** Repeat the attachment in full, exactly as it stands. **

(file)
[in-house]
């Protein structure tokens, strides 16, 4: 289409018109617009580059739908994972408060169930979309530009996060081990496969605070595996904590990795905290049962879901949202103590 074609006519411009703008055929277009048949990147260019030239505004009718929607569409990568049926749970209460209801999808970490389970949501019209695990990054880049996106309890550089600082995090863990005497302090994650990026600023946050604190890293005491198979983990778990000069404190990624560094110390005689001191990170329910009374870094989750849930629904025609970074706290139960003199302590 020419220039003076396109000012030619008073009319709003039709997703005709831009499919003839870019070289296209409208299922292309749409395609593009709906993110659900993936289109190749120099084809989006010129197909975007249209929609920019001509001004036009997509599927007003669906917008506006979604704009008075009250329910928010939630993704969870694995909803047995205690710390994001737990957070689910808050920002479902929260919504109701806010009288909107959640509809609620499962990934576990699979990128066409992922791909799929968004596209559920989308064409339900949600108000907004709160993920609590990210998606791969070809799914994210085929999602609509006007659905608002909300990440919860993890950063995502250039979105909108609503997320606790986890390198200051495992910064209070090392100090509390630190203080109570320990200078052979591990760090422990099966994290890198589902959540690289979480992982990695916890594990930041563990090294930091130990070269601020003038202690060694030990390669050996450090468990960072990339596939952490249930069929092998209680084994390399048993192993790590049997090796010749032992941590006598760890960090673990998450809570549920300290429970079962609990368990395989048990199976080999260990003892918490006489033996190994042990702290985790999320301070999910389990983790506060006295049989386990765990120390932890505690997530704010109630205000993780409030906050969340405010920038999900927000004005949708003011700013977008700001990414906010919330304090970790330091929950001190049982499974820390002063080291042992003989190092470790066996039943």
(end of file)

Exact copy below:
[in-house]
């Protein structure tokens, strides 16, 4: 289409018109617009580059739908994972408060169930979309530009996060081990496969605070595996904590990795905290049962879901949202103590 074609006519411009703008055929277009048949990147260019030239505004009718929607569409990568049926749970209460209801999808970490389970949501019209695990990054880049996106309890550089600082995090863990005497302090994650990026600023946050604190890293005491198979983990778990000069404190990624560094110390005689001191990170329910009374870094989750849930629904025609970074706290139960003199302590 020419220039003076396109000012030619008073009319709003039709997703005709831009499919003839870019070289296209409208299922292309749409395609593009709906993110659900993936289109190749120099084809989006010129197909975007249209929609920019001509001004036009997509599927007003669906917008506006979604704009008075009250329910928010939630993704969870694995909803047995205690710390994001737990957070689910808050920002479902929260919504109701806010009288909107959640509809609620499962990934576990699979990128066409992922791909799929968004596209559920989308064409339900949600108000907004709160993920609590990210998606791969070809799914994210085929999602609509006007659905608002909300990440919860993890950063995502250039979105909108609503997320606790986890390198200051495992910064209070090392100090509390630190203080109570320990200078052979591990760090422990099966994290890198589902959540690289979480992982990695916890594990930041563990090294930091130990070269601020003038202690060694030990390669050996450090468990960072990339596939952490249930069929092998209680084994390399048993192993790590049997090796010749032992941590006598760890960090673990998450809570549920300290429970079962609990368990395989048990199976080999260990003892918490006489033996190994042990702290985790999320301070999910389990983790506060006295049989386990765990120390932890505690997530704010109630205000993780409030906050969340405010920038999900927000004005949708003011700013977008700001990414906010919330304090970790330091929950001190049982499974820390002063080291042992003989190092470790066996039943």